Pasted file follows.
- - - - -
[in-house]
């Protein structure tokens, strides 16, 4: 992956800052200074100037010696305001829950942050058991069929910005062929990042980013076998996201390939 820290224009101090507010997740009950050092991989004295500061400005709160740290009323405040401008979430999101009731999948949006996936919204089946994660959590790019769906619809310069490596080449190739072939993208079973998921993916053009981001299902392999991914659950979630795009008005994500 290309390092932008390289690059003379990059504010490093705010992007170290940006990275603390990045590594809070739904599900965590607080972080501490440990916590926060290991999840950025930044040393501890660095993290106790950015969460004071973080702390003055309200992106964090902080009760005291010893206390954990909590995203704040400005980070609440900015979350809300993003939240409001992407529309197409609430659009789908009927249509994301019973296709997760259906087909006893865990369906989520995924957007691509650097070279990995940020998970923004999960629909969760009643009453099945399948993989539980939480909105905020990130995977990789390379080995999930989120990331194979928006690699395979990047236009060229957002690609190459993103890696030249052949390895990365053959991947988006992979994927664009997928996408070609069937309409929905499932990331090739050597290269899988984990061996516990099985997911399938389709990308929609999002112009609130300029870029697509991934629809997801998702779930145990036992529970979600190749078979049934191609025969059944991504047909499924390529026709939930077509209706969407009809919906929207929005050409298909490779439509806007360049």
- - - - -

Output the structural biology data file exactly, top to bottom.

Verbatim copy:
[in-house]
């Protein structure tokens, strides 16, 4: 992956800052200074100037010696305001829950942050058991069929910005062929990042980013076998996201390939 820290224009101090507010997740009950050092991989004295500061400005709160740290009323405040401008979430999101009731999948949006996936919204089946994660959590790019769906619809310069490596080449190739072939993208079973998921993916053009981001299902392999991914659950979630795009008005994500 290309390092932008390289690059003379990059504010490093705010992007170290940006990275603390990045590594809070739904599900965590607080972080501490440990916590926060290991999840950025930044040393501890660095993290106790950015969460004071973080702390003055309200992106964090902080009760005291010893206390954990909590995203704040400005980070609440900015979350809300993003939240409001992407529309197409609430659009789908009927249509994301019973296709997760259906087909006893865990369906989520995924957007691509650097070279990995940020998970923004999960629909969760009643009453099945399948993989539980939480909105905020990130995977990789390379080995999930989120990331194979928006690699395979990047236009060229957002690609190459993103890696030249052949390895990365053959991947988006992979994927664009997928996408070609069937309409929905499932990331090739050597290269899988984990061996516990099985997911399938389709990308929609999002112009609130300029870029697509991934629809997801998702779930145990036992529970979600190749078979049934191609025969059944991504047909499924390529026709939930077509209706969407009809919906929207929005050409298909490779439509806007360049």